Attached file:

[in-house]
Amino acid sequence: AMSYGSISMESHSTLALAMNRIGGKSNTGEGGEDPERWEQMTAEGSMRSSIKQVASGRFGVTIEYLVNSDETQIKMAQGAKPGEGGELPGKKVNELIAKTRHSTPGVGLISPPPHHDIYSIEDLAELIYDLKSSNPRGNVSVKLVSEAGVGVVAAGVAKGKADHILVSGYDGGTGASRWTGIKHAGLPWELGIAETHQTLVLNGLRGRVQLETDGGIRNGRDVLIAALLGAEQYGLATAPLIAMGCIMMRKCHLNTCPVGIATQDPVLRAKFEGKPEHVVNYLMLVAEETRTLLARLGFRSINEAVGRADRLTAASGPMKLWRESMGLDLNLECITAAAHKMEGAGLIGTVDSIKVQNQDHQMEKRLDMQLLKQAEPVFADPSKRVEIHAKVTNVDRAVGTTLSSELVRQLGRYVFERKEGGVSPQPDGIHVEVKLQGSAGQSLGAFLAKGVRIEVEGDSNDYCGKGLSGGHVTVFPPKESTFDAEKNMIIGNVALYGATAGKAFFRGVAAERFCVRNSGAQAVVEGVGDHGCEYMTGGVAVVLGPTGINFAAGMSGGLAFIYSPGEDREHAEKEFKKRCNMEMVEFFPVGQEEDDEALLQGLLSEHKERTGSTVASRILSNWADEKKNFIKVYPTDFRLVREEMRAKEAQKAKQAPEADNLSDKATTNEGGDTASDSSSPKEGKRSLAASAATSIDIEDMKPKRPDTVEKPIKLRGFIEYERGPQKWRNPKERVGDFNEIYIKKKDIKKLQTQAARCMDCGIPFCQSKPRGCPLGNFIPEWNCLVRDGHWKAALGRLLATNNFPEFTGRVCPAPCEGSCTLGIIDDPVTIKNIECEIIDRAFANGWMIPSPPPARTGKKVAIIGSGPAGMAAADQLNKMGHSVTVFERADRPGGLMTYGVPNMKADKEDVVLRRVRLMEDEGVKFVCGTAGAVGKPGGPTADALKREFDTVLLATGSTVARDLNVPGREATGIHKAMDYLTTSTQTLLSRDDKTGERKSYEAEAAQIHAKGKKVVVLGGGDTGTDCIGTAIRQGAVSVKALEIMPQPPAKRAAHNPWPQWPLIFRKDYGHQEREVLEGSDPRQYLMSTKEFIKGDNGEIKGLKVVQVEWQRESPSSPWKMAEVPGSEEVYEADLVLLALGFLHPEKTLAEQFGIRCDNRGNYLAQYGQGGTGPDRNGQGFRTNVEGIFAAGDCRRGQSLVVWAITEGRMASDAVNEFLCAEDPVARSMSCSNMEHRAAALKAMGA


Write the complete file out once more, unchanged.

[in-house]
Amino acid sequence: AMSYGSISMESHSTLALAMNRIGGKSNTGEGGEDPERWEQMTAEGSMRSSIKQVASGRFGVTIEYLVNSDETQIKMAQGAKPGEGGELPGKKVNELIAKTRHSTPGVGLISPPPHHDIYSIEDLAELIYDLKSSNPRGNVSVKLVSEAGVGVVAAGVAKGKADHILVSGYDGGTGASRWTGIKHAGLPWELGIAETHQTLVLNGLRGRVQLETDGGIRNGRDVLIAALLGAEQYGLATAPLIAMGCIMMRKCHLNTCPVGIATQDPVLRAKFEGKPEHVVNYLMLVAEETRTLLARLGFRSINEAVGRADRLTAASGPMKLWRESMGLDLNLECITAAAHKMEGAGLIGTVDSIKVQNQDHQMEKRLDMQLLKQAEPVFADPSKRVEIHAKVTNVDRAVGTTLSSELVRQLGRYVFERKEGGVSPQPDGIHVEVKLQGSAGQSLGAFLAKGVRIEVEGDSNDYCGKGLSGGHVTVFPPKESTFDAEKNMIIGNVALYGATAGKAFFRGVAAERFCVRNSGAQAVVEGVGDHGCEYMTGGVAVVLGPTGINFAAGMSGGLAFIYSPGEDREHAEKEFKKRCNMEMVEFFPVGQEEDDEALLQGLLSEHKERTGSTVASRILSNWADEKKNFIKVYPTDFRLVREEMRAKEAQKAKQAPEADNLSDKATTNEGGDTASDSSSPKEGKRSLAASAATSIDIEDMKPKRPDTVEKPIKLRGFIEYERGPQKWRNPKERVGDFNEIYIKKKDIKKLQTQAARCMDCGIPFCQSKPRGCPLGNFIPEWNCLVRDGHWKAALGRLLATNNFPEFTGRVCPAPCEGSCTLGIIDDPVTIKNIECEIIDRAFANGWMIPSPPPARTGKKVAIIGSGPAGMAAADQLNKMGHSVTVFERADRPGGLMTYGVPNMKADKEDVVLRRVRLMEDEGVKFVCGTAGAVGKPGGPTADALKREFDTVLLATGSTVARDLNVPGREATGIHKAMDYLTTSTQTLLSRDDKTGERKSYEAEAAQIHAKGKKVVVLGGGDTGTDCIGTAIRQGAVSVKALEIMPQPPAKRAAHNPWPQWPLIFRKDYGHQEREVLEGSDPRQYLMSTKEFIKGDNGEIKGLKVVQVEWQRESPSSPWKMAEVPGSEEVYEADLVLLALGFLHPEKTLAEQFGIRCDNRGNYLAQYGQGGTGPDRNGQGFRTNVEGIFAAGDCRRGQSLVVWAITEGRMASDAVNEFLCAEDPVARSMSCSNMEHRAAALKAMGA